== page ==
Why sunny weather in Germany can switch off solar panels

“It’s being switched off every day,” Husemann told AFP during a recent sunny spell, saying there had been more than 120 days of forced shutdowns so far this year.

Husemann, who runs an energy conversion business near Munich, also owns a sprawling solar power system on the flat roof of a transport company in Aurach, Bavaria.

The energy generated flows into power lines run by grid operator N-Ergie, which then distributes it on the network.

But in sunny weather, the power lines are becoming overloaded — leading the grid operator to cut off supply from the solar panels.

“It’s a betrayal of the population,” said Husemann, pointing to soaring electricity prices and a continued push to install more solar panels across Germany.

Europe’s biggest economy is eyeing an ambitious switch to renewables making up 80 percent of its electricity from 2030 in a bid to go carbon neutral.

N-ergie thermal power station

The thermal power station of energy supplier N-Ergie in Nuremberg, southern Germany. (Photo by Christof STACHE / AFP)

But Russia’s invasion of Ukraine has put a spanner in the works.

Moscow has cut gas supplies to Germany by 80 percent, in what is believed to be a bid to weaken the European powerhouse’s resolve in backing Ukraine.

READ ALSO: OPINION: How many massacres will it take for Germany to turn off Russian gas?

As a result, Berlin has been scrambling for alternative sources across the world to replace the shortfall.

This makes it all the more frustrating for Husemann, whose solar panels normally generate enough electricity for 50 households. With the repeated shutdowns, he suspects they will only supply half of their capacity by the end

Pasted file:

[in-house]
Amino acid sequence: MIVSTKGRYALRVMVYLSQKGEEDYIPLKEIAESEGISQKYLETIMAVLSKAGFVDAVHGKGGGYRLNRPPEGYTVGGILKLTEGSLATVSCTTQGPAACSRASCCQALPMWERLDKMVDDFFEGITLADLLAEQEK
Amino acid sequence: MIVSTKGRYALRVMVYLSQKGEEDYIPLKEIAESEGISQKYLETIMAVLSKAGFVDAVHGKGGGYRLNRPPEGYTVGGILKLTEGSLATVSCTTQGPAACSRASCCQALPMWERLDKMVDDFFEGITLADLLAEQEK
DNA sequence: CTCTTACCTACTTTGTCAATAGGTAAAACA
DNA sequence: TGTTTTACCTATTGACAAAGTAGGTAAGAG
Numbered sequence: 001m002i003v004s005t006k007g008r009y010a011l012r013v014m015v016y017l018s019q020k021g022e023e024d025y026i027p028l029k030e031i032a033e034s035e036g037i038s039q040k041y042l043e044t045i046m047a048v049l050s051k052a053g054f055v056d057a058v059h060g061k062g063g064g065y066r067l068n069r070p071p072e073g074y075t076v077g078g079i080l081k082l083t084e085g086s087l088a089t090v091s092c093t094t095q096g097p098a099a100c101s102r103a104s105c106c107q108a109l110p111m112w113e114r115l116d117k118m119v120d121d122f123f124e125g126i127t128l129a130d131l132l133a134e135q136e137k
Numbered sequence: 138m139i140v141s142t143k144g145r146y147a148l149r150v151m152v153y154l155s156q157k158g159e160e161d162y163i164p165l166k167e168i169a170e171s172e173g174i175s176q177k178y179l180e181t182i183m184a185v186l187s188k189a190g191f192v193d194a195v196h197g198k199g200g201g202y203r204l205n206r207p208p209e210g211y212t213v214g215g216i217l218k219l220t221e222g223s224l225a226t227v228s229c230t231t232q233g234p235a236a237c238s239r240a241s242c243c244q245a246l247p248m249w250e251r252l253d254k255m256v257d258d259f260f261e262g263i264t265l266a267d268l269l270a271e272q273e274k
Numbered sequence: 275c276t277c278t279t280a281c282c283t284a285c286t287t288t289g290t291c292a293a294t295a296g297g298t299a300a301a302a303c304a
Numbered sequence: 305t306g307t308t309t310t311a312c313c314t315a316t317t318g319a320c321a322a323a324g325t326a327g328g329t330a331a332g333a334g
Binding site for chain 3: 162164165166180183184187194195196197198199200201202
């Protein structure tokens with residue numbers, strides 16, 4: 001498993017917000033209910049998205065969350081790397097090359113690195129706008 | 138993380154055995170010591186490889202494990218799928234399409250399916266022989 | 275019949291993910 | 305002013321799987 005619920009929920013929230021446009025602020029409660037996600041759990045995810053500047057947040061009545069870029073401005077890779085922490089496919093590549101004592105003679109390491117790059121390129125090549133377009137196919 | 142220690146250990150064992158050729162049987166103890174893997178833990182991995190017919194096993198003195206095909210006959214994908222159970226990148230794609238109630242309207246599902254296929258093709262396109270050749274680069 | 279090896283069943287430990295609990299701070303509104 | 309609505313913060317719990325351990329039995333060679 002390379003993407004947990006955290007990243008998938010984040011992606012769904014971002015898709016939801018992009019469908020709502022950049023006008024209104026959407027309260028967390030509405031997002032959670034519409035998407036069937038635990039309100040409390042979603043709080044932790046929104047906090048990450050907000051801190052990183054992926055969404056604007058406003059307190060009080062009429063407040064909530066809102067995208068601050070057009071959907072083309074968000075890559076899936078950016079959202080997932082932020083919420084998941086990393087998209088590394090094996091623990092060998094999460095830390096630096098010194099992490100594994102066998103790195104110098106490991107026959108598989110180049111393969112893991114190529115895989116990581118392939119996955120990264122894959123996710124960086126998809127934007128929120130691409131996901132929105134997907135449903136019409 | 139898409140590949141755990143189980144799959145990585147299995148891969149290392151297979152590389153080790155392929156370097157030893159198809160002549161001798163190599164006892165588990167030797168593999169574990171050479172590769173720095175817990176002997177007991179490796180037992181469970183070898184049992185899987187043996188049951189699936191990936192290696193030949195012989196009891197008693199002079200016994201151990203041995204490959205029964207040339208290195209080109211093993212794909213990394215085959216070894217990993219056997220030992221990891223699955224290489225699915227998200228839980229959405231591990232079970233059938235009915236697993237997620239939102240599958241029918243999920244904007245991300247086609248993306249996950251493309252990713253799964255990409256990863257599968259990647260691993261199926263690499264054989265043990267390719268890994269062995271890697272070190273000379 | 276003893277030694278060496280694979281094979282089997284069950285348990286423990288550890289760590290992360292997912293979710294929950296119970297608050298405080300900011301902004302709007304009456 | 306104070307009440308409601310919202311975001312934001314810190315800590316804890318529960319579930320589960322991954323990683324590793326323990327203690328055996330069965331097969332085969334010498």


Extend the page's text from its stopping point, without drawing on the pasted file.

of the year.

Grid bottlenecks

Grid operator N-Ergie, which is responsible for harvesting electricity from Husemann’s panels, admits the situation is less than ideal.

There were 257 days last year when it had to cut off supply from solar panels on parts of the grid.

“We are currently witnessing — and this is a good thing — an unprecedented boom in photovoltaic parks,” Rainer Kleedoerfer, head of N-Ergie’s development department, told AFP.

An employee of energy supplier N-ERGIE working at the company's network control centre in Nuremberg, southern Germany. 

An employee of energy supplier N-Ergie working at the company’s network control centre in Nuremberg, southern Germany.  (Photo by Christof STACHE / AFP)

But while it takes just a couple of years to commission a solar power plant, updating the necessary infrastructure takes between five and 10 years, he said.

“The number of interventions and the amount of curtailed energy have increased continuously in recent years” as a result, according to N-Ergie spokesman Michael Enderlein.

“The likelihood is that grid bottlenecks will actually increase in the coming years,” while resolving them will take several more years, Enderlein said.

According to Carsten Koenig, managing director of the German Solar Industry Association, the problem is not unique to solar power and also affects wind energy.

READ ALSO: Reader question – Should I modernise my heating system in Germany?

Solar bottlenecks tend to be regional and temporary, he said. “Occasionally, however, we hear that especially in rural areas in Bavaria, the shutdowns are more frequent.”

2.4 million households

Koenig agrees the problem is likely to get worse before it gets better.

“This will be especially true if political measures aimed at sufficiently expanding the power grid in Germany… drag on for too long,” he said.

Some 6.1 terawatt hours of electricity from renewables had to be curtailed in 2020, according to the most recent figures available.

With an average consumption of around 2,500 kilowatt hours per year in a two-person household, this would have been enough to power around 2.4 million households.

A spokesman for Germany’s Federal Network Agency said it did not share the belief that “it will not be possible to expand the network in line with demand in the coming years”.

Only some aspects of the expansion are seeing delays, the spokesman said — mainly due to slow approval procedures and a lack of specialist companies to do the work.

According to Husemann there have also been delays to the payments he is supposed to receive in return for the solar power he supplies — or cannot supply.

He said he is already owed around 35,000 euros ($35,600) for electricity produced so far this year that has never found its way into a socket.